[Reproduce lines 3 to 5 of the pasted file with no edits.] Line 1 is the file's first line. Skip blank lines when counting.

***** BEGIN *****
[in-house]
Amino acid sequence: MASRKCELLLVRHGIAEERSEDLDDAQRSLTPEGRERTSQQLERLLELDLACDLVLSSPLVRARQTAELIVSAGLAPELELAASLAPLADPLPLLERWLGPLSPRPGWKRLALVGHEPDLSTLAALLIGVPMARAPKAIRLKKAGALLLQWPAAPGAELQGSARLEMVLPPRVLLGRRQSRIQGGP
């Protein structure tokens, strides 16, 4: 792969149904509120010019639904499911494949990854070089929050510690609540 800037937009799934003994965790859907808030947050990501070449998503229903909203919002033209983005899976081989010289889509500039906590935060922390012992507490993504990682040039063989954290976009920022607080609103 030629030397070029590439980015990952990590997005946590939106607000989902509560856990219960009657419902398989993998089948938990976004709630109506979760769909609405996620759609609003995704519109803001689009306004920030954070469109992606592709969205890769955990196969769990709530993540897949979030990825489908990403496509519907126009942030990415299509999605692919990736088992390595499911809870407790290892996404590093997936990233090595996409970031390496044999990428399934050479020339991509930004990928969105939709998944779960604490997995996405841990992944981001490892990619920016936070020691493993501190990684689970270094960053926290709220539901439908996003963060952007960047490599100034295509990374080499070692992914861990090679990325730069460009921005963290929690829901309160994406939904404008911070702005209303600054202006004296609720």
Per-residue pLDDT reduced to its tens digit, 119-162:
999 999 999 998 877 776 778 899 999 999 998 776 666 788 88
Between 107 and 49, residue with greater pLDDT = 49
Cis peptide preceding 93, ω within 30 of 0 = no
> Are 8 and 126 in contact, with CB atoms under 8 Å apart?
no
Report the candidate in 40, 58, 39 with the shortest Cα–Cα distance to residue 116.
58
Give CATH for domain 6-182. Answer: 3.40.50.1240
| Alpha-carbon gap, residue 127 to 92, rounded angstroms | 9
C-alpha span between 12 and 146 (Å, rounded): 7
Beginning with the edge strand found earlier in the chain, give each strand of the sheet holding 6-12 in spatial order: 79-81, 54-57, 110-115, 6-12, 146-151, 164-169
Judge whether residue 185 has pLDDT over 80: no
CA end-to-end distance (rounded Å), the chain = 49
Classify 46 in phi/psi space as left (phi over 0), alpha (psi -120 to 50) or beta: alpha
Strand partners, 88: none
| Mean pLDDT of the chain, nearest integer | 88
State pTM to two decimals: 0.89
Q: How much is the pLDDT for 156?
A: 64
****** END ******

């Protein structure tokens, strides 16, 4: 792969149904509120010019639904499911494949990854070089929050510690609540 800037937009799934003994965790859907808030947050990501070449998503229903909203919002033209983005899976081989010289889509500039906590935060922390012992507490993504990682040039063989954290976009920022607080609103 030629030397070029590439980015990952990590997005946590939106607000989902509560856990219960009657419902398989993998089948938990976004709630109506979760769909609405996620759609609003995704519109803001689009306004920030954070469109992606592709969205890769955990196969769990709530993540897949979030990825489908990403496509519907126009942030990415299509999605692919990736088992390595499911809870407790290892996404590093997936990233090595996409970031390496044999990428399934050479020339991509930004990928969105939709998944779960604490997995996405841990992944981001490892990619920016936070020691493993501190990684689970270094960053926290709220539901439908996003963060952007960047490599100034295509990374080499070692992914861990090679990325730069460009921005963290929690829901309160994406939904404008911070702005209303600054202006004296609720």
Per-residue pLDDT reduced to its tens digit, 119-162:
999 999 999 998 877 776 778 899 999 999 998 776 666 788 88